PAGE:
House Speaker Paul Ryan, R-Wis., has promised that the GOP tax plan will provide working class Americans with higher wages and more job opportunities, but the corporate executives — who stand to benefit most under the bill — have flatly said otherwise.
Making the media rounds on Wednesday morning following the passing of the House tax plan on Tuesday afternoon, Ryan talked about growing the economy and made some optimistic predictions.
"We're going to give people a big tax cut before Christmas, and most importantly this is going to help people get more jobs at better wages — and simplify the tax code — so we're very excited about this," Ryan said on CBS News.
Ryan was asked why he was so convinced corporations will plan to use tax cuts to increase wages when they have indicated otherwise. He answered by pivoting to the same talking points used by Sen. John Cornyn, R-Texas, about the imaginary family of four in America that will save money.
"We’re getting from what is really, arguably, the worst tax system in the world to one of the best tax systems in the world," Ryan said.
But Ryan said he believes there is "confusion" about what the tax plan actually does, and that "when you actually break down the components of this bill it pulls extremely well."
The problem here is that there isn't actually any confusion over what this plan does and how it negatively impacts working class earners. The components in the bill that Ryan referred to do not necessarily fit the lifestyle of Americans who are faced with economic hardship. There is no guarantee that corporations will use the tax cuts to increase wages. The money often directly goes to shareholders and stock buybacks.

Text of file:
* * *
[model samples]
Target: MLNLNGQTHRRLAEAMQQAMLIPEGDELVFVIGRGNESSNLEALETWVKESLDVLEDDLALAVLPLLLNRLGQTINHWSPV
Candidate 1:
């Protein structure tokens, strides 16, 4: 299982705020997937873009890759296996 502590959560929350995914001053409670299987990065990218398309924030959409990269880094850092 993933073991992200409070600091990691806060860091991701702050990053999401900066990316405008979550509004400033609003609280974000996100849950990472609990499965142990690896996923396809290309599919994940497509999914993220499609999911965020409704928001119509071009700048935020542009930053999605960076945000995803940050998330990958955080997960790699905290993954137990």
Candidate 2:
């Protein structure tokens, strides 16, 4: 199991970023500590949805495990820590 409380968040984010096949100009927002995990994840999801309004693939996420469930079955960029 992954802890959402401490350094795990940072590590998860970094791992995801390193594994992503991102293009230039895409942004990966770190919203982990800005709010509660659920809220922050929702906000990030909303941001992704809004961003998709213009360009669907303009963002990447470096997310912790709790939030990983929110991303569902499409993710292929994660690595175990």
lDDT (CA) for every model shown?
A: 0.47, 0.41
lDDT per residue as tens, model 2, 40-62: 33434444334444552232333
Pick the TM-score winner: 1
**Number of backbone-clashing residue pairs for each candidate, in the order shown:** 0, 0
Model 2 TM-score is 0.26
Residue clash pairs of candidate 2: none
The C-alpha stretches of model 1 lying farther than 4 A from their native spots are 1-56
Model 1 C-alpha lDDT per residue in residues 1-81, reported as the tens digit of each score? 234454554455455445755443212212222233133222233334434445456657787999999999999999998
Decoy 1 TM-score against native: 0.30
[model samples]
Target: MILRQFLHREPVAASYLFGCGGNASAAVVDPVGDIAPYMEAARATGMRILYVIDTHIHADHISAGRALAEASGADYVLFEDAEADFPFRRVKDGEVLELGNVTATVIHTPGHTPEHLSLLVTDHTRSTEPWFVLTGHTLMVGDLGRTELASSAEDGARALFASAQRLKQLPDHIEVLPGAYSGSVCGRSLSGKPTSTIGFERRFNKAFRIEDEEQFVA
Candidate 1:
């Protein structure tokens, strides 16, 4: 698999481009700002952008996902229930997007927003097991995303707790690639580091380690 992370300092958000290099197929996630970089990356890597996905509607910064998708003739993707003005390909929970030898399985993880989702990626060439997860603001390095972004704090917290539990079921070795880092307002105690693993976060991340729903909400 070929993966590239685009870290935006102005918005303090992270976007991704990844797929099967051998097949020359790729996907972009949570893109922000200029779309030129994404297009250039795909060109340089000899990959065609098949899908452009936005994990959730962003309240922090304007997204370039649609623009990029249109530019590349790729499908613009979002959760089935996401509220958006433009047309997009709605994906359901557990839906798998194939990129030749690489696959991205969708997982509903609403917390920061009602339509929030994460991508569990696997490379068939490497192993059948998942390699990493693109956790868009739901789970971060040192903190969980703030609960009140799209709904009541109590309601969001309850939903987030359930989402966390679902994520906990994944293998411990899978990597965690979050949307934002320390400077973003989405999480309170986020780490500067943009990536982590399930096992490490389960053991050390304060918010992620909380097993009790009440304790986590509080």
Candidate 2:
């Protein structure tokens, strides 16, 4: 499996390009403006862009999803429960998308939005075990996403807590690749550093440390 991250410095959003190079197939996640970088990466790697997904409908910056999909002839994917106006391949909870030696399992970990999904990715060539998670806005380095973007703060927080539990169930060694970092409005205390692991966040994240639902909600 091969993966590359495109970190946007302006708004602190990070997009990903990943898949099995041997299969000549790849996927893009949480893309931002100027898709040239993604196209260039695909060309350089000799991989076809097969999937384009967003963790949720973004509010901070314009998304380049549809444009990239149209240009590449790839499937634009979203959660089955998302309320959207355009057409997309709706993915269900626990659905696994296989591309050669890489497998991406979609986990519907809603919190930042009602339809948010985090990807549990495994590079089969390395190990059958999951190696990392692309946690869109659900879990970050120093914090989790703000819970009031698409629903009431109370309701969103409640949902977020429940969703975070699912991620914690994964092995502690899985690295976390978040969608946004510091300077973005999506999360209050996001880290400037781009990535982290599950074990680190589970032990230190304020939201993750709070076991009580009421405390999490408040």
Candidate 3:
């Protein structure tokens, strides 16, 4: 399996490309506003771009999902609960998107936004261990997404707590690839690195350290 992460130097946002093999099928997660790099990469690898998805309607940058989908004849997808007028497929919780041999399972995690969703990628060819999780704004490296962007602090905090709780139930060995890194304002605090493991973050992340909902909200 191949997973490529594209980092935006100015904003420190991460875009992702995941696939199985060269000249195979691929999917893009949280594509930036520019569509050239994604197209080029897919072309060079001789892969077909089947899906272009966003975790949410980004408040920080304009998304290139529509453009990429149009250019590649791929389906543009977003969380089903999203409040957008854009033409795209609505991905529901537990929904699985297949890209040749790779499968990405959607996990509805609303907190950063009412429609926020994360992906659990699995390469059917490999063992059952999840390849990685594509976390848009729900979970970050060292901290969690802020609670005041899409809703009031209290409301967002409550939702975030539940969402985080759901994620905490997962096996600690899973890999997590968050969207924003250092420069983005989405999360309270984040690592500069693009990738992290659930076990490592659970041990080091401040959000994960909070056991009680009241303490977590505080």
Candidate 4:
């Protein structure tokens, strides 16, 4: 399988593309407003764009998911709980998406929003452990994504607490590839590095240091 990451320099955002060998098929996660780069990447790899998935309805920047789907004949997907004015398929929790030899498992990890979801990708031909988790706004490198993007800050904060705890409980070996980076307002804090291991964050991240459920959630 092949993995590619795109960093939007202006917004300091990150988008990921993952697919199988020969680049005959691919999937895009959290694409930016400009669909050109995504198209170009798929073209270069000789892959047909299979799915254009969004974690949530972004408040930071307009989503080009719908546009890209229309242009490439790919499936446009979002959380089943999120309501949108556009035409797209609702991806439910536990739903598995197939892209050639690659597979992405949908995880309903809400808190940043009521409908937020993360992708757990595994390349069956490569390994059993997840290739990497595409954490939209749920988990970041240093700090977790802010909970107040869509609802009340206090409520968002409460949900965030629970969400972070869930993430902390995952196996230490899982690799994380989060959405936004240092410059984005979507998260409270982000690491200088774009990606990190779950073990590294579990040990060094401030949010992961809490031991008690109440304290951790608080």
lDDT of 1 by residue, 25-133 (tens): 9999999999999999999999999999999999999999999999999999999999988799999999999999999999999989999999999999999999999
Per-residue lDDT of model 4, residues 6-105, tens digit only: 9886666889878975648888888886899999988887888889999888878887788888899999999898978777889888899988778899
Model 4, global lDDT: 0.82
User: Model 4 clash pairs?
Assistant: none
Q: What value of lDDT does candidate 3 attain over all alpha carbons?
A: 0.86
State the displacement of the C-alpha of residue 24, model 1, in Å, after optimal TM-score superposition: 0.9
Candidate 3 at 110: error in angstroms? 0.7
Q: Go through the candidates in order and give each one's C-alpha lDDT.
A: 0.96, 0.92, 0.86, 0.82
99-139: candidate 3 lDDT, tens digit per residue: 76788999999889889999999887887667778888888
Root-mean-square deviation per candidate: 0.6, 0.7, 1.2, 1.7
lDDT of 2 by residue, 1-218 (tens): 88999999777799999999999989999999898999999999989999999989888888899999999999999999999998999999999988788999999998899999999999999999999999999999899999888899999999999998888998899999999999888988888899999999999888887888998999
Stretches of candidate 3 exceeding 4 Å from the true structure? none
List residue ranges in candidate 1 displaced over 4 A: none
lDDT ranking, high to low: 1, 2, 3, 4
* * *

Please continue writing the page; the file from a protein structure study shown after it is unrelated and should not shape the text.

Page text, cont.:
When he was asked about the fact that taxes will eventually be raised on middle-class Americans, but that "we have no intention of allowing that to happen," Ryan added that it's due to "Senate rules that we have to comply with," but that "Congress has every intention of making sure that that does not happen."
"I would compare the anecdote to just the surveys of businesses like the National Association of Manufacturers surveys which show the vast majority of businesses are going to do just what we say: reinvest in workers, reinvest in their factories, pay people more money, higher wages," Ryan explained.
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Ryan's victory lap was, however, devoid of any substantive information about how the tax plan funnels money to top earners, and independent studies have already projected that the Trump administration's projected economic growth is based on pure optimism. Ryan eventually even said so himself.
When asked if the growth of the tax cut will equal the projected $1.6 trillion deficit increase, Ryan said, "Nobody knows the answer to that question."